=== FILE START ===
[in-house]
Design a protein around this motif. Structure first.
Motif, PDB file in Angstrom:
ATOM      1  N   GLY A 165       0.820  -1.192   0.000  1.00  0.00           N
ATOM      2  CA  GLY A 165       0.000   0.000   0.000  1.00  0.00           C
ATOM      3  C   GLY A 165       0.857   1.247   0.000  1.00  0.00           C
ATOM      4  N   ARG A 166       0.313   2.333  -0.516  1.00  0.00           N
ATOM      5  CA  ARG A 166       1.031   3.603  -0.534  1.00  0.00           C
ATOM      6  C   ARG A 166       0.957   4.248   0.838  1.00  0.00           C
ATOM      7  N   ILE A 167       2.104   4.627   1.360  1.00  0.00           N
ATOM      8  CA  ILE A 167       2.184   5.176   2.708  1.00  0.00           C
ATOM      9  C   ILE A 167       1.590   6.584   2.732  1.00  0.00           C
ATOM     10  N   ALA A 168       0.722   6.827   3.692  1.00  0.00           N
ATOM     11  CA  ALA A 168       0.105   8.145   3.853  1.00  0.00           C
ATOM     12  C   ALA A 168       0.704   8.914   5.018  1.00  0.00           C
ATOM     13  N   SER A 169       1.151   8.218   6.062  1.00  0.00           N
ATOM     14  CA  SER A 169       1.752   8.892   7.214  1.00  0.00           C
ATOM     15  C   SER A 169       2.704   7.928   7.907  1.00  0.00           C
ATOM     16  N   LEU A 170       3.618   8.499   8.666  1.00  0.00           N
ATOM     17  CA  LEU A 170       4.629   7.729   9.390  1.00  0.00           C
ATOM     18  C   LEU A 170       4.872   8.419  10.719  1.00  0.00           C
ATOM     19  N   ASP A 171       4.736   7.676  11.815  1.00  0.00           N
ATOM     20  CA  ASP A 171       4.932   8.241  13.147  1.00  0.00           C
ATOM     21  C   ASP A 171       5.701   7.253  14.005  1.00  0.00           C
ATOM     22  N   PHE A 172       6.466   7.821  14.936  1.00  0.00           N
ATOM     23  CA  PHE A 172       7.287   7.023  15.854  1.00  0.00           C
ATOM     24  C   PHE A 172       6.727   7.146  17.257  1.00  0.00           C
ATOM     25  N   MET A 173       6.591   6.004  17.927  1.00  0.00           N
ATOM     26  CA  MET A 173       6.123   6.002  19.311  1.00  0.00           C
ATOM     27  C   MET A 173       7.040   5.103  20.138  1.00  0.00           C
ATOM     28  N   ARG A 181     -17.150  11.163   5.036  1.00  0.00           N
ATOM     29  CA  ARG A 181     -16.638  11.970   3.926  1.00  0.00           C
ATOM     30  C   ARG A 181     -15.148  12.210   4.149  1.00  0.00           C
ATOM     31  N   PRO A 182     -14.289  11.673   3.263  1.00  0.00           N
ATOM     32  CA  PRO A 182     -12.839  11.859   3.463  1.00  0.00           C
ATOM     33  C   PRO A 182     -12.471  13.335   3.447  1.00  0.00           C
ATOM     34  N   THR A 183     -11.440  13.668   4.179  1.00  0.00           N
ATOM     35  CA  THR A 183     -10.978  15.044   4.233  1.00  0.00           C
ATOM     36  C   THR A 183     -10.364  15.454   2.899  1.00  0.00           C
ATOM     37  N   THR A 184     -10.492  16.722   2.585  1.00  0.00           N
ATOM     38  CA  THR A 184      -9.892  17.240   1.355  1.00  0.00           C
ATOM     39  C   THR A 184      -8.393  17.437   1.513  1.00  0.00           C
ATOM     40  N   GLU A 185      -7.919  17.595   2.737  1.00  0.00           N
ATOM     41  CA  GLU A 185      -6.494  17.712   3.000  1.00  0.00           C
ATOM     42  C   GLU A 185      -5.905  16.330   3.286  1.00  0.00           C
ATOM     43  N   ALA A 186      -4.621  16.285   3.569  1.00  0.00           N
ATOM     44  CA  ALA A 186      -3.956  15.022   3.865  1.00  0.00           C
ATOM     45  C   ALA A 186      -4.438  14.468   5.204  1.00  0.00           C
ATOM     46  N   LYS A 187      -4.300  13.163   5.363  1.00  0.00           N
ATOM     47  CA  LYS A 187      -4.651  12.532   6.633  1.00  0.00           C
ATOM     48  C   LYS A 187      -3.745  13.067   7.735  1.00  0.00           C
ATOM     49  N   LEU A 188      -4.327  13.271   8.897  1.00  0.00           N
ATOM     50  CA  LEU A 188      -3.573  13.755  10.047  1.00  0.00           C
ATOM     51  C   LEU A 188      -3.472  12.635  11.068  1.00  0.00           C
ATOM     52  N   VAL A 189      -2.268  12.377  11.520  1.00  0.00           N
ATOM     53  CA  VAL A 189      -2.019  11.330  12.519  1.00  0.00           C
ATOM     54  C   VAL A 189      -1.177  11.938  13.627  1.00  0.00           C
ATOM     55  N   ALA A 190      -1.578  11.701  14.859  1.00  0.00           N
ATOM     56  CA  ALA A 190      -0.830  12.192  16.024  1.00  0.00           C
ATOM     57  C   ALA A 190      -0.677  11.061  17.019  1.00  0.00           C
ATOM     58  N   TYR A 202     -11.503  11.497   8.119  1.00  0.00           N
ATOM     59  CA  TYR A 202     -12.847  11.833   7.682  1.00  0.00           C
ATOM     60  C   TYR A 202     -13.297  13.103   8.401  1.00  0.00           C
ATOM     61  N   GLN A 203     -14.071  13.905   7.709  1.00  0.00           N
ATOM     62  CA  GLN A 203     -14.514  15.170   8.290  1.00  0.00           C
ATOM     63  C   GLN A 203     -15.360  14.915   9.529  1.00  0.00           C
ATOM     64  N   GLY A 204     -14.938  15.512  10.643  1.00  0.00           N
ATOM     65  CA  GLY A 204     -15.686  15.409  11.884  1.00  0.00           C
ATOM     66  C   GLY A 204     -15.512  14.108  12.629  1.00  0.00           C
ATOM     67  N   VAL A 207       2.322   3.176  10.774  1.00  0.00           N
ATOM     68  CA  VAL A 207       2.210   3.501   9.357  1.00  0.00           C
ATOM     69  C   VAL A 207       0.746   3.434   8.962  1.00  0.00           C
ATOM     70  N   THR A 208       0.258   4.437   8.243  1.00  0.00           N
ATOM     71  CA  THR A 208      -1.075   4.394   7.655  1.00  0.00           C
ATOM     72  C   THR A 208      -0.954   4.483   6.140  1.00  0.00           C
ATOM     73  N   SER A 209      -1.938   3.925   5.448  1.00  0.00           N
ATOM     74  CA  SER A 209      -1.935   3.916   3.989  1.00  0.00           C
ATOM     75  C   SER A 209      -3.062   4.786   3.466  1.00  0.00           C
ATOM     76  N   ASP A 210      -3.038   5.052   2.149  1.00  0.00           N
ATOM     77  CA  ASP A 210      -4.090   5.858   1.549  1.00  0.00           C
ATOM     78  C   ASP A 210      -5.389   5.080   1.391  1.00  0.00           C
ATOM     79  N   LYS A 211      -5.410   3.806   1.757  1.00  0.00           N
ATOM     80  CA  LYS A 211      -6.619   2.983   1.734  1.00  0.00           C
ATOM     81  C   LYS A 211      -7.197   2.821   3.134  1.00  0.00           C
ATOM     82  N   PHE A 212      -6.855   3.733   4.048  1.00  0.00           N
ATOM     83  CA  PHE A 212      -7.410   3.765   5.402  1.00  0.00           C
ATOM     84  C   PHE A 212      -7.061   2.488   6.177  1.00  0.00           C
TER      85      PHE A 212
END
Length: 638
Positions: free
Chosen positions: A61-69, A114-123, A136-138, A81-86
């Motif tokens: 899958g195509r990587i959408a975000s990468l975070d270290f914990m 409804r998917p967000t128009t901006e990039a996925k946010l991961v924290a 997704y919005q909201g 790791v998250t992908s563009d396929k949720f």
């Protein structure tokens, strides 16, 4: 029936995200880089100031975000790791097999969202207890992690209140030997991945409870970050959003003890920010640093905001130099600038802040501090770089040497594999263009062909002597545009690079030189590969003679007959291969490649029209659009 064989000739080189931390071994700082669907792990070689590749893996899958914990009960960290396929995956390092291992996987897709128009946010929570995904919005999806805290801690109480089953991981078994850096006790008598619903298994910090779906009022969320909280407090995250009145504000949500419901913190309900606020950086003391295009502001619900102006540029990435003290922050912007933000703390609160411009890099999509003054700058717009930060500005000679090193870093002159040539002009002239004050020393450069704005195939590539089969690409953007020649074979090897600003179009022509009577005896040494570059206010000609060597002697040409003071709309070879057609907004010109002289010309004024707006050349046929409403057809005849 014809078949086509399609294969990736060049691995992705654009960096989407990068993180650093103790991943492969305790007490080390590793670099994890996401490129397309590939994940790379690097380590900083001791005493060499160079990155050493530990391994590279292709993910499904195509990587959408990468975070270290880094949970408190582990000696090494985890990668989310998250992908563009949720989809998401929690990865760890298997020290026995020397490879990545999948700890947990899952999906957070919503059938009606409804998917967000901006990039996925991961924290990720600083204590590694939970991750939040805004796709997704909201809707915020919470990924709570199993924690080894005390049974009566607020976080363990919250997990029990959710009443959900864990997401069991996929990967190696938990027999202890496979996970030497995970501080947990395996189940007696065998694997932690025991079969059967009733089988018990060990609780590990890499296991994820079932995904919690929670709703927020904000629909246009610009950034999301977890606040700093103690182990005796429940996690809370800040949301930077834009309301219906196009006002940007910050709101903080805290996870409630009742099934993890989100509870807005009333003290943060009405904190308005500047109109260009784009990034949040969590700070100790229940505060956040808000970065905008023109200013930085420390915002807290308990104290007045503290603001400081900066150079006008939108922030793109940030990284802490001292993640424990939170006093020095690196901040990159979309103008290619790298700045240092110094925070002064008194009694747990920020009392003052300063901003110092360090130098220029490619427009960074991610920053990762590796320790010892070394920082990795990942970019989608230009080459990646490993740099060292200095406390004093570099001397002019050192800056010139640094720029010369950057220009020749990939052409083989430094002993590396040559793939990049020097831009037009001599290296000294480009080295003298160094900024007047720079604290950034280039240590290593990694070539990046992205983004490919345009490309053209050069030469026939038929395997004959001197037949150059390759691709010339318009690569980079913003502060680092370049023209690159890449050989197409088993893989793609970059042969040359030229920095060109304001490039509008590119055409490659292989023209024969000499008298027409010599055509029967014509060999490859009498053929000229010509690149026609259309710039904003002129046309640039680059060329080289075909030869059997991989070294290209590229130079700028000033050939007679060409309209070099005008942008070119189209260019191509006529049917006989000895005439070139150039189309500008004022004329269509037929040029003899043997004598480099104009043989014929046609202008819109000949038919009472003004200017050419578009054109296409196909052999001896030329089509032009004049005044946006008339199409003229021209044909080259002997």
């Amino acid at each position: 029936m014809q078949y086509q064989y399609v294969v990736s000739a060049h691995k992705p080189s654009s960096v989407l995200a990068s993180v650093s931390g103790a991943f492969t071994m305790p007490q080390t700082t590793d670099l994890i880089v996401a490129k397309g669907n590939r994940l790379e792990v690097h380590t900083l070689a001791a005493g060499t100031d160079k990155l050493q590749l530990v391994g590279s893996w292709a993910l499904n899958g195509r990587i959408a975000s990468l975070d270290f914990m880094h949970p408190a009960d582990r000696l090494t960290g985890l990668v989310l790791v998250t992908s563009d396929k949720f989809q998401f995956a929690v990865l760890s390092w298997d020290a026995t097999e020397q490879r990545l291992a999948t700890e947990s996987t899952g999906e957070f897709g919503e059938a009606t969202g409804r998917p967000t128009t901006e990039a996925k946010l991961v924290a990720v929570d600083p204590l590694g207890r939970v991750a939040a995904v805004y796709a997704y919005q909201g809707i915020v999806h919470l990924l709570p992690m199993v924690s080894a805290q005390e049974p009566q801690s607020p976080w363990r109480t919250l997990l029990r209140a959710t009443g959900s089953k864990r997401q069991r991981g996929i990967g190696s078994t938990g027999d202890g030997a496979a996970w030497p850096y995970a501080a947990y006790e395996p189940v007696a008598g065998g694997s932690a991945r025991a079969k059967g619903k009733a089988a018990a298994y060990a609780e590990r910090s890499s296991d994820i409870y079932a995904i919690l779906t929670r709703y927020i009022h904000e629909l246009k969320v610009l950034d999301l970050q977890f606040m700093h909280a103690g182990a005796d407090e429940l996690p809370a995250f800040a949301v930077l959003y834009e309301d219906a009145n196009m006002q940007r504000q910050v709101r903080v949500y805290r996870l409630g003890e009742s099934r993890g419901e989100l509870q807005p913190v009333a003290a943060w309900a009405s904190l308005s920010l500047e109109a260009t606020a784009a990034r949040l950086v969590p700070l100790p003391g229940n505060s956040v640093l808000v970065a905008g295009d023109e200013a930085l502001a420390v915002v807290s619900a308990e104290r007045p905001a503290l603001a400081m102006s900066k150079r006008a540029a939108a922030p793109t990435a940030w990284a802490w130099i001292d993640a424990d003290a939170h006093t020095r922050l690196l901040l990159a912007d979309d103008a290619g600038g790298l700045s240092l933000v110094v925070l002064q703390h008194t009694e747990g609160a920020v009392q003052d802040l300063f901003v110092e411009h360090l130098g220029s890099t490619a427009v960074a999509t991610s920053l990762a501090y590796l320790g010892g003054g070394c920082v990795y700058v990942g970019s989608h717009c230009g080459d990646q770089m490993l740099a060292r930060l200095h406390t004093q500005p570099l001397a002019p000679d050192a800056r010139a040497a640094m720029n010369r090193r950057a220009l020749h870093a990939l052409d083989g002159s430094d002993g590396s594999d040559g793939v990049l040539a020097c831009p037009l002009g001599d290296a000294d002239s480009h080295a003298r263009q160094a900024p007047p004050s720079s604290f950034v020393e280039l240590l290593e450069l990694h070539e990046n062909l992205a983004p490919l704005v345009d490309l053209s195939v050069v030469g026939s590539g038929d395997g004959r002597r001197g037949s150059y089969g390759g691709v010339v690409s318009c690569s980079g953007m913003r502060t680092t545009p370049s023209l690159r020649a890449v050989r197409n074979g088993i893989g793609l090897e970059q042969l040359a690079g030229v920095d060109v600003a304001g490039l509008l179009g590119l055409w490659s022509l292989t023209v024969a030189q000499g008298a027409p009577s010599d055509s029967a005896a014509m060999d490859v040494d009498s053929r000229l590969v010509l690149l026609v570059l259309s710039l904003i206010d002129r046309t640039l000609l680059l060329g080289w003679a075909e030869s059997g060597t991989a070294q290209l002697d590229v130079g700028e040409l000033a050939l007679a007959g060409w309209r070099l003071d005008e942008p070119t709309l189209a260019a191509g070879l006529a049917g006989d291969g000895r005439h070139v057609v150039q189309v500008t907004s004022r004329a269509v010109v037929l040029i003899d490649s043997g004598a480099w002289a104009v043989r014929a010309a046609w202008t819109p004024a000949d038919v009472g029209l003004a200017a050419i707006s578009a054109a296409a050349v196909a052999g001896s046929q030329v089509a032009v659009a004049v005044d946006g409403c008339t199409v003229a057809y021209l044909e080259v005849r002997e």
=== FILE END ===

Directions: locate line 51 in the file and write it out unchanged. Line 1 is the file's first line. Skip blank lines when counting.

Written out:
ATOM     48  C   LYS A 187      -3.745  13.067   7.735  1.00  0.00           C